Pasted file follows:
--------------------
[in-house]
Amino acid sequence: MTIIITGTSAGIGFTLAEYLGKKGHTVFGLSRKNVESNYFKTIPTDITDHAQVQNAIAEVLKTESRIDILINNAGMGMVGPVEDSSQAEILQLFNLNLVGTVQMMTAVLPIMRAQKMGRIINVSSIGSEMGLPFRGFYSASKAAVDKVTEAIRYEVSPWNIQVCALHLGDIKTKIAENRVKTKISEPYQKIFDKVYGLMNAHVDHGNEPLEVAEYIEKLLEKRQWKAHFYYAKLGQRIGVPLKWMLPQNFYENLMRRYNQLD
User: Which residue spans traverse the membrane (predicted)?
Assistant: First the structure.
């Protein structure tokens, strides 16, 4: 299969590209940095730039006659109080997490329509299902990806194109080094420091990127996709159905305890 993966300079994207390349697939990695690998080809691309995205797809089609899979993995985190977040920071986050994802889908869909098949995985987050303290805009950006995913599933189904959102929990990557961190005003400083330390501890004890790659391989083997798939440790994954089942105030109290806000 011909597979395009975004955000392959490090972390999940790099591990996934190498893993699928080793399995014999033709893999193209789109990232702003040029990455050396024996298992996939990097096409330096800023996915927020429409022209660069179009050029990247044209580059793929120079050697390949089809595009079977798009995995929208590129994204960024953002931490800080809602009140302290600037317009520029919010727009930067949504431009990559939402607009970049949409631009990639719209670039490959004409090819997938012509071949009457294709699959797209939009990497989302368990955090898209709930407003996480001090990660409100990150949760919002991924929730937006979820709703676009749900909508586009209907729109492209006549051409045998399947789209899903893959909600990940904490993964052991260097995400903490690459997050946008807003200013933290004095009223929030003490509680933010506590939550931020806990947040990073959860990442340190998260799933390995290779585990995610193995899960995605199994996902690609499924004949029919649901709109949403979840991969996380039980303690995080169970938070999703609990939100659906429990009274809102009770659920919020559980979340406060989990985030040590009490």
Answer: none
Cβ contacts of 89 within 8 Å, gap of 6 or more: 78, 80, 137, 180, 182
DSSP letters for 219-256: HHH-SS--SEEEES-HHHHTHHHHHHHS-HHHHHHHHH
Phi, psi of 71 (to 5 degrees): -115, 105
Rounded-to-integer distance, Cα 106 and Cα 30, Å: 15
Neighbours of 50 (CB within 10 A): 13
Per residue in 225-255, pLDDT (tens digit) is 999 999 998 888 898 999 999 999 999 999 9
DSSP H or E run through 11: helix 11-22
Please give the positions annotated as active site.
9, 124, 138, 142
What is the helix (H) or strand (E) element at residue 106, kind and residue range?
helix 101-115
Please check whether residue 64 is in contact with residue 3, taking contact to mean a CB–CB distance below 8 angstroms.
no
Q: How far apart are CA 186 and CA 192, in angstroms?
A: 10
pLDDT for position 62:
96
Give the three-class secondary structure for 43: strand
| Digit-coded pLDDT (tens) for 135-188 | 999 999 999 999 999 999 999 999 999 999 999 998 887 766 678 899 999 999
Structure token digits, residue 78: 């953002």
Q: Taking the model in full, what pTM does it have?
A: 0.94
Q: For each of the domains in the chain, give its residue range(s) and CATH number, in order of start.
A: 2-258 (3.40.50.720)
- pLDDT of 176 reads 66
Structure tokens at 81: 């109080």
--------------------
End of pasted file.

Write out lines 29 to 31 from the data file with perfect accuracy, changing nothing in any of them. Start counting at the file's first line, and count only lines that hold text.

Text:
Q: For each of the domains in the chain, give its residue range(s) and CATH number, in order of start.
A: 2-258 (3.40.50.720)
- pLDDT of 176 reads 66